A controversial visa programme that allows US companies to hire foreign IT workers and other professionals has reached its cap for 2006 applications, a month before the US government’s 2006 fiscal year begins.
The US Citizenship and Immigration Services (USCIS) announced last month that the 65,000-person cap on H1-B visas has been reached for 2006 and that no more applications under the scheme will be processed.
US companies use H1-B visas to employ professionals with specialised skills, including computer engineers, teachers and nurses. Compete America, a coalition of more than 200 companies, universities, research institutions and trade associations, said the USCIS announcement shows more H1-B visas are needed. After the US government’s 2003 fiscal year, in which 195,000 H1-B visas were allowed, the US Congress let the H1-B cap fall back to its pre-dot-com-boom level of 65,000.
The 2005 cap was reached on October 1, 2004, the first day of the US government’s 2005 fiscal year. The USCIS announcement “indicates acceleration in the demand for highly educated foreign professionals who play an important role in keeping the US economy growing and US jobs in America”, Compete America said in a press release.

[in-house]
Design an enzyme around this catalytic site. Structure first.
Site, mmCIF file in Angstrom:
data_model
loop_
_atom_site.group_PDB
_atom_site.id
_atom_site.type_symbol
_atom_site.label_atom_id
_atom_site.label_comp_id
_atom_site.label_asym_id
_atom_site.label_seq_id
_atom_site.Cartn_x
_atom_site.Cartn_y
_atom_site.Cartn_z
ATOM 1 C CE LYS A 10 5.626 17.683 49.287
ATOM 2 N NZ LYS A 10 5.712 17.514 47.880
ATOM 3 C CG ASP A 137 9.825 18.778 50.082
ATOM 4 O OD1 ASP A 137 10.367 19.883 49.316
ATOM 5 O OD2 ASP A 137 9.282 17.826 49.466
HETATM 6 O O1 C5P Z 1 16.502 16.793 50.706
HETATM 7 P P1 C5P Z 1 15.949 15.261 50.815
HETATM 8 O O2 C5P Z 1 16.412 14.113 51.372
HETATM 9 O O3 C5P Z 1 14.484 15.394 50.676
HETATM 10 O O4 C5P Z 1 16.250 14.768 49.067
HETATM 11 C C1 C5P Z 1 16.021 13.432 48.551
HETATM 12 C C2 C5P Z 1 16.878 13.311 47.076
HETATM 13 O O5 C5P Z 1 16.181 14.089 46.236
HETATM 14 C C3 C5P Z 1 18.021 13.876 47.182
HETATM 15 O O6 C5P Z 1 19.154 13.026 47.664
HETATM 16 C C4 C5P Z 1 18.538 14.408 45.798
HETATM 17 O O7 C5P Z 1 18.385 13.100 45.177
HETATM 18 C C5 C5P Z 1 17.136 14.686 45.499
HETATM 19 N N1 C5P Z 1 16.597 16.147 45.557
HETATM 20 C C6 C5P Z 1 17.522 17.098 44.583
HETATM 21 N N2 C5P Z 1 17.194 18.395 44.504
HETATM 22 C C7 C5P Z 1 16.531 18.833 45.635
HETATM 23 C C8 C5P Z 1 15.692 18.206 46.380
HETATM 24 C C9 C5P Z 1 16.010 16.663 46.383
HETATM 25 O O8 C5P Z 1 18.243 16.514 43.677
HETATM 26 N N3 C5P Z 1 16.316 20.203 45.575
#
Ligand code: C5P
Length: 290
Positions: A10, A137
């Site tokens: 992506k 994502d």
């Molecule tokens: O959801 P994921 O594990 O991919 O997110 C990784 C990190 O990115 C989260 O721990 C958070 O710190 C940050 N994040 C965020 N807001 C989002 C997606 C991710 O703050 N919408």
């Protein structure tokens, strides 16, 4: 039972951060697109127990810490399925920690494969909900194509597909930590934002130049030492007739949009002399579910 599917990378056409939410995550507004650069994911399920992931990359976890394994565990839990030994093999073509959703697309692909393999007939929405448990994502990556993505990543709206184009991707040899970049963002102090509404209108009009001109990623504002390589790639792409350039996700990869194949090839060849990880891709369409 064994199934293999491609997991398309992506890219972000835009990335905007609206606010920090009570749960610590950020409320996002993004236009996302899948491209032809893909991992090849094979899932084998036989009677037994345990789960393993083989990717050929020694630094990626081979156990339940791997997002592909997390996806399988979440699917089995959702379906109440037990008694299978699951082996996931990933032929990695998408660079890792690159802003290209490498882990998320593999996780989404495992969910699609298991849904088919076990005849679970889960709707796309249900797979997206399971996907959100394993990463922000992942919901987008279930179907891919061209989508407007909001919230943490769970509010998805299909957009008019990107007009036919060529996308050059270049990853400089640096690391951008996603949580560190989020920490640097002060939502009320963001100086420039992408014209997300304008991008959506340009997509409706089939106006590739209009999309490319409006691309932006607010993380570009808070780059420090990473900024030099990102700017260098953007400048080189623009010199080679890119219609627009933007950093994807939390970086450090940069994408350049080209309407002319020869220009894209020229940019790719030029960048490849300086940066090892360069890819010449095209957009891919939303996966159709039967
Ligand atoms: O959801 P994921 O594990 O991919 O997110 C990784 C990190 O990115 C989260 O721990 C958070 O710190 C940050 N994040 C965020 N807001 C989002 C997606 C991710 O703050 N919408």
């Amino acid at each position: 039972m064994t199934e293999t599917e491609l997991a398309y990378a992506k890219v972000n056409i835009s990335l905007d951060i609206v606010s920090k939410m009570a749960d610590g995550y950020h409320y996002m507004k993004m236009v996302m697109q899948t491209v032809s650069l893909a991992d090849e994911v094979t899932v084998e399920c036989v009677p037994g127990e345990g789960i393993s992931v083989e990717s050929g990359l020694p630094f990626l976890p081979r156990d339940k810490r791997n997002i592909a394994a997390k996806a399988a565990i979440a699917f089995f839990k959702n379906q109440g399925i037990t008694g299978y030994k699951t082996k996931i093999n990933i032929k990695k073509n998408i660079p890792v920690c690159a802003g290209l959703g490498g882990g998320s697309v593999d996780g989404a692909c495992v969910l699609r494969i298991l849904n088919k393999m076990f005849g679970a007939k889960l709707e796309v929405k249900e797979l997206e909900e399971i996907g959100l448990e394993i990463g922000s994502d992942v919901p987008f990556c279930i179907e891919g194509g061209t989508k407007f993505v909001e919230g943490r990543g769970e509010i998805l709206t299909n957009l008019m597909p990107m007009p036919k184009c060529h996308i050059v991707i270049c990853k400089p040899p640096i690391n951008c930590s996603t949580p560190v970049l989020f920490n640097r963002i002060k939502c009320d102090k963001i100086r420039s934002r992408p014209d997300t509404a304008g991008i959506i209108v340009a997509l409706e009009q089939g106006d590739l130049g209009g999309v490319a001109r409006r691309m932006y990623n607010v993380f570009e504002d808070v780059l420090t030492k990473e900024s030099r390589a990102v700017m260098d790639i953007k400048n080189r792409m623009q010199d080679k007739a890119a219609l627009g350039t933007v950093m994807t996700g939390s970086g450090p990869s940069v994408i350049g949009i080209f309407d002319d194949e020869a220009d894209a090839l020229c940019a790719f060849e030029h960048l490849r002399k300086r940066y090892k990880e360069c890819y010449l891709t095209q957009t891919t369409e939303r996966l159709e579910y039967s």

Compete America doesn’t advocate a fixed-number increase in H1-Bs, but instead a year-by-year approach, says Eric Thomas, a spokesman for the group. If the 65,000 cap is reached in the first quarter of the fiscal year, Congress should allow 20% more visas for the rest of the year, and continue with the higher cap in the next fiscal year, he said.
The Information Technology Association of America (ITAA), an IT trade group, also called for more H1-B visas. “We believe a significant increase is required to meet America’s need for specialised skills and keep companies — and as a result, jobs for US workers — growing at a steady pace,” says Bob Cohen, senior vice president at ITAA. “Other countries are realising that talent does not recognise geographic borders or country of origin. If we want to be competitive on the world stage, our policymakers need to understand that too and raise the H-1B cap.”
But other groups, including the Institute of Electrical and Electronics Engineers-USA (IEEE-USA), have accused the H1-B visa programme of taking jobs away from US IT workers. US IT and electrotechnology professionals saw a 1.5% decrease in their salaries in 2003, the first decrease since IEEE-USA began surveying members in 1972, the group said in December.
In addition, the overall number of people employed in computer-related occupations in the US dropped by about 9,000 people from the first to second quarter of 2004, according to IEEE-USA.
Thomas disagrees that H1-B visas are hurting US wages. “The wage charge is really a smokescreen,” he says. “The government requires that H-1B employees be paid prevailing US wages.”
Having the visa cap reached is good news for US IT workers, IEEE-USA spokesman Chris McManes says. “It opens up job opportunities for US students,” he says.